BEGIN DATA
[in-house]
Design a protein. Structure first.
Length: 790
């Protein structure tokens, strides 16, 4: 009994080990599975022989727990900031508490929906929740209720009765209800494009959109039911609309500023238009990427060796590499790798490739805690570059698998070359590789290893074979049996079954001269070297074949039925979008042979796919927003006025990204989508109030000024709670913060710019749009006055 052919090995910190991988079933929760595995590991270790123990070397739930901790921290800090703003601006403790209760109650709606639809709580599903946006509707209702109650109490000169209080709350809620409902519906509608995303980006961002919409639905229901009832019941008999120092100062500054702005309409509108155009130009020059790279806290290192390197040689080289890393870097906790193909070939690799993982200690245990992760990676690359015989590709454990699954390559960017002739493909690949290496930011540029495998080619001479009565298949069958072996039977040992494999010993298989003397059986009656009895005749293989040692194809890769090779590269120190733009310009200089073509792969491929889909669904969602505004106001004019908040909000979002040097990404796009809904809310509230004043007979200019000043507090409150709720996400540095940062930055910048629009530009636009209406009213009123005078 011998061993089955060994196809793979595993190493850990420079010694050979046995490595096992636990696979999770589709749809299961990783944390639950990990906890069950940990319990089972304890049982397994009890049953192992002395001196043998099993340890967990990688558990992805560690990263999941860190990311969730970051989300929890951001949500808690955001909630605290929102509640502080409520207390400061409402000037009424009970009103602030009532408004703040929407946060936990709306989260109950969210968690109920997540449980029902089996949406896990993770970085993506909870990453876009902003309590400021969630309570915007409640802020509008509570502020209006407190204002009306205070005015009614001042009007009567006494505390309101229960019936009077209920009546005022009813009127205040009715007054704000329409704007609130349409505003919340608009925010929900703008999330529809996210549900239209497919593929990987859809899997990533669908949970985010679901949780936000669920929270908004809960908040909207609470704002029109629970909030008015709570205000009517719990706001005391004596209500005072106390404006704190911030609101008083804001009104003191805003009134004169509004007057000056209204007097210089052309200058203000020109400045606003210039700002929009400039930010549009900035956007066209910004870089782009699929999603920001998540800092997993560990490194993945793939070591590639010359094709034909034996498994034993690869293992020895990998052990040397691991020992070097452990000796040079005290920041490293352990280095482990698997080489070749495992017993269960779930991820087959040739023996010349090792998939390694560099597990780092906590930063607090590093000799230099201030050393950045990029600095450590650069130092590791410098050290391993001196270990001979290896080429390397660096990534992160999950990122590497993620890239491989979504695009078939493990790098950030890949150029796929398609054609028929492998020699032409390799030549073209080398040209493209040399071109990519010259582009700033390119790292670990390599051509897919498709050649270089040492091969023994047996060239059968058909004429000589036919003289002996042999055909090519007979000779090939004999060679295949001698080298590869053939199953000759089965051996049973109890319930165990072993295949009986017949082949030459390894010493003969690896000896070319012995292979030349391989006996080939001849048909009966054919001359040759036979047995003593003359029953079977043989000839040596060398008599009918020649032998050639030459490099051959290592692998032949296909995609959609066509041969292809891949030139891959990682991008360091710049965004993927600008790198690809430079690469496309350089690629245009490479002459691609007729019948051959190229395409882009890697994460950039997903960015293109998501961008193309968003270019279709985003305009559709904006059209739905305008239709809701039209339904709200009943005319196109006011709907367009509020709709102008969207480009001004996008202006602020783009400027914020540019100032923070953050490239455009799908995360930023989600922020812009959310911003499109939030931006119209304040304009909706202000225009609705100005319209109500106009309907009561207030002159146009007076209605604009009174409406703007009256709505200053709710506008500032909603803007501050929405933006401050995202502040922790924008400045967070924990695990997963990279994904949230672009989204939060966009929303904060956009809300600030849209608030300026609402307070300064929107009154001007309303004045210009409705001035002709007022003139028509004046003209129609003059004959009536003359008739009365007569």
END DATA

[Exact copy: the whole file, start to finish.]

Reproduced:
[in-house]
Design a protein. Structure first.
Length: 790
């Protein structure tokens, strides 16, 4: 009994080990599975022989727990900031508490929906929740209720009765209800494009959109039911609309500023238009990427060796590499790798490739805690570059698998070359590789290893074979049996079954001269070297074949039925979008042979796919927003006025990204989508109030000024709670913060710019749009006055 052919090995910190991988079933929760595995590991270790123990070397739930901790921290800090703003601006403790209760109650709606639809709580599903946006509707209702109650109490000169209080709350809620409902519906509608995303980006961002919409639905229901009832019941008999120092100062500054702005309409509108155009130009020059790279806290290192390197040689080289890393870097906790193909070939690799993982200690245990992760990676690359015989590709454990699954390559960017002739493909690949290496930011540029495998080619001479009565298949069958072996039977040992494999010993298989003397059986009656009895005749293989040692194809890769090779590269120190733009310009200089073509792969491929889909669904969602505004106001004019908040909000979002040097990404796009809904809310509230004043007979200019000043507090409150709720996400540095940062930055910048629009530009636009209406009213009123005078 011998061993089955060994196809793979595993190493850990420079010694050979046995490595096992636990696979999770589709749809299961990783944390639950990990906890069950940990319990089972304890049982397994009890049953192992002395001196043998099993340890967990990688558990992805560690990263999941860190990311969730970051989300929890951001949500808690955001909630605290929102509640502080409520207390400061409402000037009424009970009103602030009532408004703040929407946060936990709306989260109950969210968690109920997540449980029902089996949406896990993770970085993506909870990453876009902003309590400021969630309570915007409640802020509008509570502020209006407190204002009306205070005015009614001042009007009567006494505390309101229960019936009077209920009546005022009813009127205040009715007054704000329409704007609130349409505003919340608009925010929900703008999330529809996210549900239209497919593929990987859809899997990533669908949970985010679901949780936000669920929270908004809960908040909207609470704002029109629970909030008015709570205000009517719990706001005391004596209500005072106390404006704190911030609101008083804001009104003191805003009134004169509004007057000056209204007097210089052309200058203000020109400045606003210039700002929009400039930010549009900035956007066209910004870089782009699929999603920001998540800092997993560990490194993945793939070591590639010359094709034909034996498994034993690869293992020895990998052990040397691991020992070097452990000796040079005290920041490293352990280095482990698997080489070749495992017993269960779930991820087959040739023996010349090792998939390694560099597990780092906590930063607090590093000799230099201030050393950045990029600095450590650069130092590791410098050290391993001196270990001979290896080429390397660096990534992160999950990122590497993620890239491989979504695009078939493990790098950030890949150029796929398609054609028929492998020699032409390799030549073209080398040209493209040399071109990519010259582009700033390119790292670990390599051509897919498709050649270089040492091969023994047996060239059968058909004429000589036919003289002996042999055909090519007979000779090939004999060679295949001698080298590869053939199953000759089965051996049973109890319930165990072993295949009986017949082949030459390894010493003969690896000896070319012995292979030349391989006996080939001849048909009966054919001359040759036979047995003593003359029953079977043989000839040596060398008599009918020649032998050639030459490099051959290592692998032949296909995609959609066509041969292809891949030139891959990682991008360091710049965004993927600008790198690809430079690469496309350089690629245009490479002459691609007729019948051959190229395409882009890697994460950039997903960015293109998501961008193309968003270019279709985003305009559709904006059209739905305008239709809701039209339904709200009943005319196109006011709907367009509020709709102008969207480009001004996008202006602020783009400027914020540019100032923070953050490239455009799908995360930023989600922020812009959310911003499109939030931006119209304040304009909706202000225009609705100005319209109500106009309907009561207030002159146009007076209605604009009174409406703007009256709505200053709710506008500032909603803007501050929405933006401050995202502040922790924008400045967070924990695990997963990279994904949230672009989204939060966009929303904060956009809300600030849209608030300026609402307070300064929107009154001007309303004045210009409705001035002709007022003139028509004046003209129609003059004959009536003359008739009365007569």